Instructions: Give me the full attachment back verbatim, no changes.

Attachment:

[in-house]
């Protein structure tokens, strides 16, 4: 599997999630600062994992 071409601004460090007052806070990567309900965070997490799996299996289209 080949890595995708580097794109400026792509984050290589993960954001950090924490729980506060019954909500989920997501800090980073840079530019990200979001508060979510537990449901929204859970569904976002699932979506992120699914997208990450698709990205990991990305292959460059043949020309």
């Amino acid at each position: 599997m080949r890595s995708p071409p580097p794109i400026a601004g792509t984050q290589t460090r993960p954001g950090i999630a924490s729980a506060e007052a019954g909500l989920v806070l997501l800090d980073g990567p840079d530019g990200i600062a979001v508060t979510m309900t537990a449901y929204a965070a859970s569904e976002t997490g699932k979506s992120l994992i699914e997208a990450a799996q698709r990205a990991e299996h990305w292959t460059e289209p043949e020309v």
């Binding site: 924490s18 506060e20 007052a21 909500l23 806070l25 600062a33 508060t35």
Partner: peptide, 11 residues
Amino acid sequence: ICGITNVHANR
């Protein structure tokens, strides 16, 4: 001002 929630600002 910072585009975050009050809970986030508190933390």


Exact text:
[in-house]
């Protein structure tokens, strides 16, 4: 599997999630600062994992 071409601004460090007052806070990567309900965070997490799996299996289209 080949890595995708580097794109400026792509984050290589993960954001950090924490729980506060019954909500989920997501800090980073840079530019990200979001508060979510537990449901929204859970569904976002699932979506992120699914997208990450698709990205990991990305292959460059043949020309």
């Amino acid at each position: 599997m080949r890595s995708p071409p580097p794109i400026a601004g792509t984050q290589t460090r993960p954001g950090i999630a924490s729980a506060e007052a019954g909500l989920v806070l997501l800090d980073g990567p840079d530019g990200i600062a979001v508060t979510m309900t537990a449901y929204a965070a859970s569904e976002t997490g699932k979506s992120l994992i699914e997208a990450a799996q698709r990205a990991e299996h990305w292959t460059e289209p043949e020309v």
């Binding site: 924490s18 506060e20 007052a21 909500l23 806070l25 600062a33 508060t35």
Partner: peptide, 11 residues
Amino acid sequence: ICGITNVHANR
């Protein structure tokens, strides 16, 4: 001002 929630600002 910072585009975050009050809970986030508190933390």